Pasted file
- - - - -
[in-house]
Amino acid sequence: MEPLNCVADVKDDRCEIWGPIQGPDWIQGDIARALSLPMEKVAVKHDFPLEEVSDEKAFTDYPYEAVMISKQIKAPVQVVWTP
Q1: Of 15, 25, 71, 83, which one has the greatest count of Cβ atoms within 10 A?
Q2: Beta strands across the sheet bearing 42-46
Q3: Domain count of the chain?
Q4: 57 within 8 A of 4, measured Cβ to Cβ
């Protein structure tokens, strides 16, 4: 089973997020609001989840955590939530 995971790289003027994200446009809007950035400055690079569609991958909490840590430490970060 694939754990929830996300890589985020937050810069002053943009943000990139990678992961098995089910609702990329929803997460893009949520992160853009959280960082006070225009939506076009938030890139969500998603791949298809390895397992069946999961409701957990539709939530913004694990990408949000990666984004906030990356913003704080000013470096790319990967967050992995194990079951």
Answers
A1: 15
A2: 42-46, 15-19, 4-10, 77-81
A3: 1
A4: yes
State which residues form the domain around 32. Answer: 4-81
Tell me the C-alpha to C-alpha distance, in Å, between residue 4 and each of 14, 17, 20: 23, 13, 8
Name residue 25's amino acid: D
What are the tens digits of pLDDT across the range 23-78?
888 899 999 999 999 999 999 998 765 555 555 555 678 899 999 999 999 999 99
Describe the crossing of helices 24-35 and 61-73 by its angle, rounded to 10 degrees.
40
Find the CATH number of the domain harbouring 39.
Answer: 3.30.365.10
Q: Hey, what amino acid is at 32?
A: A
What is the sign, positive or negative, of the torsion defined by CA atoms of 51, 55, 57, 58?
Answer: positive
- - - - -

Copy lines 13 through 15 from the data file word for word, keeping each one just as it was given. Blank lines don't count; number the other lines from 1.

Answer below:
State which residues form the domain around 32. Answer: 4-81
Tell me the C-alpha to C-alpha distance, in Å, between residue 4 and each of 14, 17, 20: 23, 13, 8
Name residue 25's amino acid: D